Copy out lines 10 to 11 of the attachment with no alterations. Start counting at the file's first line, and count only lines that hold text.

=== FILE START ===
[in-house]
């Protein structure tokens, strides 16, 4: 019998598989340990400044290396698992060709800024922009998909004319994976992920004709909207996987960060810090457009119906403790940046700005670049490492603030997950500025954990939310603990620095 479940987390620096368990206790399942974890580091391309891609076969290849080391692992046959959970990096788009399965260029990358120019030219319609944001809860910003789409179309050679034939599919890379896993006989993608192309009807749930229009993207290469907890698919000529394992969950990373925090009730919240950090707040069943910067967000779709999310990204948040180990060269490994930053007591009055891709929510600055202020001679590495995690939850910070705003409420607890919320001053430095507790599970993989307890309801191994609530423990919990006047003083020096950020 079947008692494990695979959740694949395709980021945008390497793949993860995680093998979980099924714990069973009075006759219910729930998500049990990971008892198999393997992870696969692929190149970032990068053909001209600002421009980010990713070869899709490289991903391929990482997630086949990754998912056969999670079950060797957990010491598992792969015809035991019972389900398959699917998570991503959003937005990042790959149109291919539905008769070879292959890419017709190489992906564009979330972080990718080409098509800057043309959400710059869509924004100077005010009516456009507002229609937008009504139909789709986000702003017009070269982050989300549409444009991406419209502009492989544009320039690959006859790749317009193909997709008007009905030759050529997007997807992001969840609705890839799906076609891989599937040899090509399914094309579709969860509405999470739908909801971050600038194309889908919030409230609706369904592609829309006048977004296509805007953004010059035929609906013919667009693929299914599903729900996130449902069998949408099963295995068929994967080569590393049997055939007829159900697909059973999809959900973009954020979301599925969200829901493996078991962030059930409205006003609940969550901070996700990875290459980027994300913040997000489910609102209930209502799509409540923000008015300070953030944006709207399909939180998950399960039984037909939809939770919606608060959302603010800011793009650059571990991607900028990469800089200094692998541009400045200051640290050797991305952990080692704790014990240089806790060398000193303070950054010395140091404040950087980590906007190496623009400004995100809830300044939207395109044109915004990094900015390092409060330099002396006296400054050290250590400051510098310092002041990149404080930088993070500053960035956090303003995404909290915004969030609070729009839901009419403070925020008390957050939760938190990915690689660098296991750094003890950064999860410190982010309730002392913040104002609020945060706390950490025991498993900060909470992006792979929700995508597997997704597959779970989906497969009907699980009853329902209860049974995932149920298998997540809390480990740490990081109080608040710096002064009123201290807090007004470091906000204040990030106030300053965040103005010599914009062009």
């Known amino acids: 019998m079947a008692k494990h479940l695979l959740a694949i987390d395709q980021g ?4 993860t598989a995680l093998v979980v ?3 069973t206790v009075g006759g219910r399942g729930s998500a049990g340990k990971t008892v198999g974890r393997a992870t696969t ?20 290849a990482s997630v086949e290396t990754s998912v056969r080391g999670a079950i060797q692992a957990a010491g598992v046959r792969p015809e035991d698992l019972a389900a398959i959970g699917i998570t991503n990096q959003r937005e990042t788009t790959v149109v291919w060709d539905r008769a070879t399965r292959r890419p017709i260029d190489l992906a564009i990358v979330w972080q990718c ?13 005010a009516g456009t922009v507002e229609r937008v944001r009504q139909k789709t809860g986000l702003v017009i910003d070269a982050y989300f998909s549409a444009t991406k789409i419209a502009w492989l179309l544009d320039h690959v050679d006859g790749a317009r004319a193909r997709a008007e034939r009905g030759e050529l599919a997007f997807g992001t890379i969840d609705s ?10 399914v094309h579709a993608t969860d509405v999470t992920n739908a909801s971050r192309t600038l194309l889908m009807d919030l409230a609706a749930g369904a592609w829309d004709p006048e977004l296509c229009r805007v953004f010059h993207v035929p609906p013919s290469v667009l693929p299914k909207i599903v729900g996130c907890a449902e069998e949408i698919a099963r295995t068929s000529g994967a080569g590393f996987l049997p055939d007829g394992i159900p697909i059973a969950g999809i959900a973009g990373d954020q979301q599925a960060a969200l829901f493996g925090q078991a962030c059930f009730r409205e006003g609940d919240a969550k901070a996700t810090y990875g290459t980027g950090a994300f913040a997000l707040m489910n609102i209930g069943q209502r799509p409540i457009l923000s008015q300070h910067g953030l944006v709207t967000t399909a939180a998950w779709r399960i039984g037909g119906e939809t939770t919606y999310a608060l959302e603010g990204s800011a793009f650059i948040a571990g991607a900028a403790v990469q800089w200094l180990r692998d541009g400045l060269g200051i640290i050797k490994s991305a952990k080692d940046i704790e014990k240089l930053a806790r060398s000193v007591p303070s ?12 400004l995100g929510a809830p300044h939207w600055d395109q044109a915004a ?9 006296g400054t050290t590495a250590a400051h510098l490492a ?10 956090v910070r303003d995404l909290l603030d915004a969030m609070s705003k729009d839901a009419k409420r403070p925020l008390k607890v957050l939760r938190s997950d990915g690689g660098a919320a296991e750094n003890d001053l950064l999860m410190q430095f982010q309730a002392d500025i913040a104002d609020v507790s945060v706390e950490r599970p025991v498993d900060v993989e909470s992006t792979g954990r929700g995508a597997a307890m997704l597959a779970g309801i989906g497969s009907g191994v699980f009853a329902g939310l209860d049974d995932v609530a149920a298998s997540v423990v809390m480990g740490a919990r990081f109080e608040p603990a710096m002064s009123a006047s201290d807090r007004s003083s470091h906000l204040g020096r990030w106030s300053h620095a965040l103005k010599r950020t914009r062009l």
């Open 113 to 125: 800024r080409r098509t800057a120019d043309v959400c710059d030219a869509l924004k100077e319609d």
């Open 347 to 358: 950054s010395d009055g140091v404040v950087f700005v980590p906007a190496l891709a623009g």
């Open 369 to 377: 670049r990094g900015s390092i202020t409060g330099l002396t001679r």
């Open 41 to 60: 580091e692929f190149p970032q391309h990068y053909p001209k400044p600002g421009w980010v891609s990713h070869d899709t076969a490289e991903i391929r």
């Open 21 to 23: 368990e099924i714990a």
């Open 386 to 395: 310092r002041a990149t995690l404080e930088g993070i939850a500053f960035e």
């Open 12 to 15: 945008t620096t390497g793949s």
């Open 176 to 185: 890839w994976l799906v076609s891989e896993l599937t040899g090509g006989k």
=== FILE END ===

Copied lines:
């Open 12 to 15: 945008t620096t390497g793949s």
């Open 176 to 185: 890839w994976l799906v076609s891989e896993l599937t040899g090509g006989k």